Currently playingJanuary 29, 2015
(Updated Thursday, Jan. 29)
American Sniper (Jasper 8 Theatres)
Clint Eastwood directs a powerful, intense portrayal of Navy SEAL Chris Kyle, hardly the blueprint candidate to become the most prolific sniper in American military history. And yet that’s what happened. In maybe the best performance of his career, Bradley Cooper infuses Chris with humanity and dignity. And vulnerability. (War drama, R, 2 hrs. 12 min.)
The Boy Next Door (Jasper 8 Theatres)
For a while, this Jennifer Lopez stalker movie is laughably bad garbage. But as the predictable plot reaches its predictable conclusion, “The Boy Next Door” takes an ugly turn, with some nasty violence and a final confrontation that drags on too long. (Thriller, R, 1 hr. 31 min.)
The Imitation Game (Jasper 8 Theatres)
As mathematician, code-breaker and martyred gay icon Alan Turing, one of the most ill-served heroes of World War II, Benedict Cumberbatch goes to town — discreetly in the new film “The Imitation Game.” Director Morten Tyldum (“Headhunters”) adheres to the tradition of uncomplicated, well-acted biopics about complicated makers of history. The movie is entertaining and, at the same time, extremely nervous about going over the heads of the average moviegoer, to the point of boiling down its code-breaking technicalities to watery generalities. Yet Cumberbatch and his on-screen colleagues, including Keira Knightley, Matthew Goode and Mark Strong, transcend the script’s facile quality. Cumberbatch has researched Turing sufficiently to borrow such useful real-life traits as his sudden intakes of breath before speaking. Mainly, though, he commands the screen easily and has a winning way, at this fruitful, attention-getting stage of his own game, of dominating a scene while creating a dimensional character full of quirks, doubts and obsessions. It’s fine work. (PG-13, 1 hr. 54 min.)
Mortdecai (Jasper 8 Theatres)
Should the recent surge in male facial hair as a fashion accessory stall in 2015, barbers would be within their rights to blame “Mortdecai,” a perky but obstinately unfunny heist caper with a hero irksome enough to make any happily mustachioed man reconsider his life choices. The film shoots for the swinging insouciance of ‘60s farce, but this story of a caddish art dealer enlisted by MI5 to assist in a knotty theft case is longer on frippery than quippery. Only dedicated devotees of Johnny Depp’s latter-day strain of mugging — here channeling Austin Powers by way of P.G. Wodehouse — will delight in this expensive-looking oddity. (R, 1 hr. 46 min.)
Paddington (Jasper 8 Theatres)
Based on the beloved children’s book series, “Paddington” is witty and charming, with a considerable if sneaky emotional impact, and it offers more than enough to satisfy Paddington lovers and Paddington newbies alike. Graced with unusually delicate computer-generated animation mixed with live action, the film retains elements of the first book, ropes in bits of other books and invents a lot of its own. Raised in a tribe of highly advanced and surprisingly verbal bears in Peru, Paddington is shipped off to London, where he and his adoptive human family learn to negotiate life under the same roof. Nicole Kidman a villainous taxidermist intent on killing and stuffing our pal. (PG, 1 hr. 29 min.)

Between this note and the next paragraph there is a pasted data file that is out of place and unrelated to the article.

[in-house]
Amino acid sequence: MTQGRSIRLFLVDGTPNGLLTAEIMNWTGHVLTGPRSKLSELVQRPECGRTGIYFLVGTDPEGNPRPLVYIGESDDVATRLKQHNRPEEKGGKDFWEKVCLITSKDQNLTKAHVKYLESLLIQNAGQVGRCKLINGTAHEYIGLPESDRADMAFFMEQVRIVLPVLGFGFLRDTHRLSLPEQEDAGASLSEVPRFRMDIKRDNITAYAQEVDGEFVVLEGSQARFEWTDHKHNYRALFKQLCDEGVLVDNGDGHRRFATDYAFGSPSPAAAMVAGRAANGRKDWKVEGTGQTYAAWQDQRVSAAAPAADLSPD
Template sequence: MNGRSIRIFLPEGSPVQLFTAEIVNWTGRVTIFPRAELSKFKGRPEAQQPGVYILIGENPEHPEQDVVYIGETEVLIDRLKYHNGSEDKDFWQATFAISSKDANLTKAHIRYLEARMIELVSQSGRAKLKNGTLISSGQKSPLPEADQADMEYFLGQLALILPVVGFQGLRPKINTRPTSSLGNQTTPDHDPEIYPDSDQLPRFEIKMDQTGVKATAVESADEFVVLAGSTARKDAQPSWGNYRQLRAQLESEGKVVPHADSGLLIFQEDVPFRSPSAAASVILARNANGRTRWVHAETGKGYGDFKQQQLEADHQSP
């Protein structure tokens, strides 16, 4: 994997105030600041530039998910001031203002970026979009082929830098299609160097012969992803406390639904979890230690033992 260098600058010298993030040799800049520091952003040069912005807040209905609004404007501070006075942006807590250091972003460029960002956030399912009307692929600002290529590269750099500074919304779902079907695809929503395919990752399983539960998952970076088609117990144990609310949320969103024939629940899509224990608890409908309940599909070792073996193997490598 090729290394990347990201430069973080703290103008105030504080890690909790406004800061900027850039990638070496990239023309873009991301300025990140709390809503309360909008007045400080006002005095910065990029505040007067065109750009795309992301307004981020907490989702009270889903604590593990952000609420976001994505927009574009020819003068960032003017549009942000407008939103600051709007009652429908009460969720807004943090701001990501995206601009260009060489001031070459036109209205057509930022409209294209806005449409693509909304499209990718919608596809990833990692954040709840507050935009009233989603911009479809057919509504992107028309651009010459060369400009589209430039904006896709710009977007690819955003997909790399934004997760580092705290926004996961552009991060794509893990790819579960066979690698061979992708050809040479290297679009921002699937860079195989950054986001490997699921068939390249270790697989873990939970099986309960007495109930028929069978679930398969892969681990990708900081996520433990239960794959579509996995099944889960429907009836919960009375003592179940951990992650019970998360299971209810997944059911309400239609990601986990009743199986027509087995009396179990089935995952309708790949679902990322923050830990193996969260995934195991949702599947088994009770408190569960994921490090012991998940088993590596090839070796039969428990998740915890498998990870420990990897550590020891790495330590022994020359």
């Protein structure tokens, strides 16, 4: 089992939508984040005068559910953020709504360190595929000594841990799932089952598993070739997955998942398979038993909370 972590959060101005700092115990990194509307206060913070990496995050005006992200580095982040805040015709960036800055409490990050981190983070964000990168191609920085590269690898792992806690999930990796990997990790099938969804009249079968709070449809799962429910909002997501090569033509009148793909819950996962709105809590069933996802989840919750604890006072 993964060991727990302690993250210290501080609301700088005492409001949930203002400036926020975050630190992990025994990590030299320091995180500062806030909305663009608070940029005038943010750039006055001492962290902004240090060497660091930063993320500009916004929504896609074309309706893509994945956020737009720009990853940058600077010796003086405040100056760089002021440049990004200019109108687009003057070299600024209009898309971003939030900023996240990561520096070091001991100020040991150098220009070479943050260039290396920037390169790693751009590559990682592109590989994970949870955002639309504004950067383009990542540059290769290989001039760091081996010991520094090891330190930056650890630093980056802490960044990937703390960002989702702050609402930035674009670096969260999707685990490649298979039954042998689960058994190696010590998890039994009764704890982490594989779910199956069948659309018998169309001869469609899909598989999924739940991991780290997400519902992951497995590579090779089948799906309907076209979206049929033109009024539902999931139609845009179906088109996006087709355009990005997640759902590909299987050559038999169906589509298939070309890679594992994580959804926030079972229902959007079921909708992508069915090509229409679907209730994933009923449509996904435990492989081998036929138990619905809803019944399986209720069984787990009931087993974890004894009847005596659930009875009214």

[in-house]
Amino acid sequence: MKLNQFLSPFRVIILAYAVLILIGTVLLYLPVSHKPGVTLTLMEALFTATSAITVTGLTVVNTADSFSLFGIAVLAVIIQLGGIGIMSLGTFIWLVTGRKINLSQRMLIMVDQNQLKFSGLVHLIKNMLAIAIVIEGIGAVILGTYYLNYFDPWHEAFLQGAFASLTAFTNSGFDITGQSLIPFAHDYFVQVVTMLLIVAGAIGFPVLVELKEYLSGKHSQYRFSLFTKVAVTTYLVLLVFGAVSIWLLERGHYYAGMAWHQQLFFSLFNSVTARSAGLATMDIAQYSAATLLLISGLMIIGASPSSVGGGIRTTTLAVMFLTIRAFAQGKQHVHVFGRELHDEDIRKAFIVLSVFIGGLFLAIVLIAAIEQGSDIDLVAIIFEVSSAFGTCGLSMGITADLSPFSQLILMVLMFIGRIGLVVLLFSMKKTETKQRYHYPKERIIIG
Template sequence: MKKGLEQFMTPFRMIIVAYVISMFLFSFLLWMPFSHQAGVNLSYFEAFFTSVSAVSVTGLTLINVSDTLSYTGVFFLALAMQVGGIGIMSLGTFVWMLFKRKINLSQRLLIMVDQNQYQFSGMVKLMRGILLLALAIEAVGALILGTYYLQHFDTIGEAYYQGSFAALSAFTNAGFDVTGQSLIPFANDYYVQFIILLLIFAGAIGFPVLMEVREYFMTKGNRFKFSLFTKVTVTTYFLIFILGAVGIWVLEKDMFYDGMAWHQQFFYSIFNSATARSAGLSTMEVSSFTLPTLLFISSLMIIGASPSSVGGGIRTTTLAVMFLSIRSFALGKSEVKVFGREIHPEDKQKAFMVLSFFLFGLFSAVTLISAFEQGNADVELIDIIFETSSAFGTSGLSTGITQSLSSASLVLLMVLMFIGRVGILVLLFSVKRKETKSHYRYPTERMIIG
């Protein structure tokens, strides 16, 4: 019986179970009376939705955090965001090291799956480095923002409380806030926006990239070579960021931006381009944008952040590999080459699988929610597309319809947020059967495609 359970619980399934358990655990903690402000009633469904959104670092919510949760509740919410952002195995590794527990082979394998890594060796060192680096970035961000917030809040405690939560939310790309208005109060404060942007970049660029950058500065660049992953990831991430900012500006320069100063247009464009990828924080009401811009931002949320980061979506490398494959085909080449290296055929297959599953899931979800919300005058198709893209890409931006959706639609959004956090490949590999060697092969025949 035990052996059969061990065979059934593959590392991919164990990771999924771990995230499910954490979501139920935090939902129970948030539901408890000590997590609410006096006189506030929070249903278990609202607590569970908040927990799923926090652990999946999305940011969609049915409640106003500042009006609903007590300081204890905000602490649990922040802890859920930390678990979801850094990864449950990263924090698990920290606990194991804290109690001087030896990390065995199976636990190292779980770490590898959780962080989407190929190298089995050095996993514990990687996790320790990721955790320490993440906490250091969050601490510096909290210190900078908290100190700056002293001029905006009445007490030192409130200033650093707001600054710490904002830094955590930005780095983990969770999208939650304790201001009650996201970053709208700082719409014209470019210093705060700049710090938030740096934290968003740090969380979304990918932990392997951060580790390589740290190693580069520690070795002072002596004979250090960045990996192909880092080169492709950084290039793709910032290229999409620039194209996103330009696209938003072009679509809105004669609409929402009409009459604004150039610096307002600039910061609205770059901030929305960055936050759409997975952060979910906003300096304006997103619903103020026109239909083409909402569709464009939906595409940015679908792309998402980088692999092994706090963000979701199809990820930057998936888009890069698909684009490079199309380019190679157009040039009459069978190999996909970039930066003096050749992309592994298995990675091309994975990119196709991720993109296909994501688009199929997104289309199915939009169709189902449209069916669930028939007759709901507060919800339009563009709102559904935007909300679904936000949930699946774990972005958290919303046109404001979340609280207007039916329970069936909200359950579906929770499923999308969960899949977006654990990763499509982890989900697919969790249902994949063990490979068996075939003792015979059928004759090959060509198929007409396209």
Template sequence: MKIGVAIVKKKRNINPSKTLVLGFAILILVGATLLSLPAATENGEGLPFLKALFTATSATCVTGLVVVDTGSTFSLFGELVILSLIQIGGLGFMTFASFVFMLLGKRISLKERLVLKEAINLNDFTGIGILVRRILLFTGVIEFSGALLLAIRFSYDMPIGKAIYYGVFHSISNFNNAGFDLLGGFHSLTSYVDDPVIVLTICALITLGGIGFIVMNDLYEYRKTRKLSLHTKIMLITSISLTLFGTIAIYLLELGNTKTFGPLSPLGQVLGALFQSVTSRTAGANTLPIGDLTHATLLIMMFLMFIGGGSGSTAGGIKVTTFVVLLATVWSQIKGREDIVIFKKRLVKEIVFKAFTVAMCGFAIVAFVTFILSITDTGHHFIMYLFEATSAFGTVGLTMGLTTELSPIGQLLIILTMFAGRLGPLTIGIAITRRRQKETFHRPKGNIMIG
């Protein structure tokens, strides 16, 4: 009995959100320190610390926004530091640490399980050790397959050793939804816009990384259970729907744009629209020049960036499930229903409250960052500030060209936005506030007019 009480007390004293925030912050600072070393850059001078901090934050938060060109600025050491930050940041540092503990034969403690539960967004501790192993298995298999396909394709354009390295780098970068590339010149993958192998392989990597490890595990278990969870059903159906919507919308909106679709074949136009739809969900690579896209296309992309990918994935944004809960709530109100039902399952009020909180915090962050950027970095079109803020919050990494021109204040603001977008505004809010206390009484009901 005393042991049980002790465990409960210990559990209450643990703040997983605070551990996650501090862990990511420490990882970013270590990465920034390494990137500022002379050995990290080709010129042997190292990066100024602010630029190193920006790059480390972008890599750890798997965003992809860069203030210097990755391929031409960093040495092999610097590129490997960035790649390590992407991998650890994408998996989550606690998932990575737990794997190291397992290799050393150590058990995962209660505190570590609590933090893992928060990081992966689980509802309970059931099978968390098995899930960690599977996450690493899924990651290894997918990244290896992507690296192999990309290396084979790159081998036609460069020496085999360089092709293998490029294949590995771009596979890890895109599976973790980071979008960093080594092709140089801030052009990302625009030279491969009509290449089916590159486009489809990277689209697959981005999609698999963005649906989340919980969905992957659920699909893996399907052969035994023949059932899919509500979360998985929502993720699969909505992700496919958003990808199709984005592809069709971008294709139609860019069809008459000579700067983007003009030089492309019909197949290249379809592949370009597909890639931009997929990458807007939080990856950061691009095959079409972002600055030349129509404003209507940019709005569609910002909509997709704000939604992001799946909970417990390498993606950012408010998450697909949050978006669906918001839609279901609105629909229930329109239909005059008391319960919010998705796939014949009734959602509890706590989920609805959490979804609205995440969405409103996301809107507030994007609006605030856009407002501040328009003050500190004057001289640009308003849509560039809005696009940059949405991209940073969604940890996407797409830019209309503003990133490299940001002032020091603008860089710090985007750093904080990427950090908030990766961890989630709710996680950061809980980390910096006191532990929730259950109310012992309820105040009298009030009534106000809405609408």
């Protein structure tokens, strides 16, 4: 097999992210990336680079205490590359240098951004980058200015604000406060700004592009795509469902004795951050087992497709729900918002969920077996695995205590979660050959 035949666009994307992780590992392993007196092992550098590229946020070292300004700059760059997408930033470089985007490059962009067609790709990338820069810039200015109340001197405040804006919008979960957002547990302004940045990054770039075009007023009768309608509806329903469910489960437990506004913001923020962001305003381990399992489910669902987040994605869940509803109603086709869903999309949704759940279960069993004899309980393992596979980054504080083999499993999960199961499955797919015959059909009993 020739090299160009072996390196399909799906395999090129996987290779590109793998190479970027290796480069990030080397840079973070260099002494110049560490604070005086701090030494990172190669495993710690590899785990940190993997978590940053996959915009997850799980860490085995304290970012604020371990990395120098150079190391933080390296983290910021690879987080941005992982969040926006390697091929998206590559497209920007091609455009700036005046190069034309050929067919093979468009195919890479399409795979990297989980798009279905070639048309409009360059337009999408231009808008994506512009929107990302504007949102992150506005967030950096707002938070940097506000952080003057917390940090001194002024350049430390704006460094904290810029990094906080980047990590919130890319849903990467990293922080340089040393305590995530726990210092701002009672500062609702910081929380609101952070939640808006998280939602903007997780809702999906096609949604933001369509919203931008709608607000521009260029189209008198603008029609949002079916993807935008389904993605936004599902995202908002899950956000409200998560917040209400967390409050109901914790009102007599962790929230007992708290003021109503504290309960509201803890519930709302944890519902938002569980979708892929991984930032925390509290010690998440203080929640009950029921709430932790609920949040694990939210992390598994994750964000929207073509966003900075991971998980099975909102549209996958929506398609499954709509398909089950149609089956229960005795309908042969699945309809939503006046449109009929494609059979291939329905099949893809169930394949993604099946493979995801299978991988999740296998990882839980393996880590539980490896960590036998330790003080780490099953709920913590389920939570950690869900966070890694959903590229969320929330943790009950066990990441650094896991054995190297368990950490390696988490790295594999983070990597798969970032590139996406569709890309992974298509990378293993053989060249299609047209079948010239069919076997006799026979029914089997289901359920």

Taken 3 (Jasper 8 Theatres)
This tired, gratuitously violent, ridiculous and laughably stupid entry in a franchise that started out with at least an intriguing idea and a few solid moments now should be put out of its misery. Liam Neeson reprises and Forest Whitaker adds some panache as the obligatory top cop, but what got “Taken” was a hundred and twelve minutes of my life. (Action, PG-13, 1 hr. 52 min.)
Unbroken (Jasper 8 Theatres)
Angelina Jolie directs the well-known story of Louis Zamperini, a former Olympic track star who spent more than two years as a POW in World War II. It’s an ambitious, sometimes moving film that suffers from a little too much self-conscious nobility, and far too many scenes of sadistic brutality. (War biography, PG-13, 2 hrs. 17 min.)
The Wedding Ringer (Jasper 8 Theatres)
In this “Wedding Crashers Redux,” Kevin Hart plays a guy who hires himself out as a rent-a-best-man to rescue grooms who have failed to establish long-term friendships. He’s hired by a sad sack (Josh Gad) who needs not just a best man but a whole team of groomsmen. The film softens Hart and his manic funnyman persona into someone more sentimental than abrasive. A savvy, sassy script and genuine chemistry between Hart and Gad make this an R-rated bromance that will touch you as often as it tickles you. (R, 1 hr. 41 min.)
Also playing at Jasper 8 Theatres: "Strange Magic."
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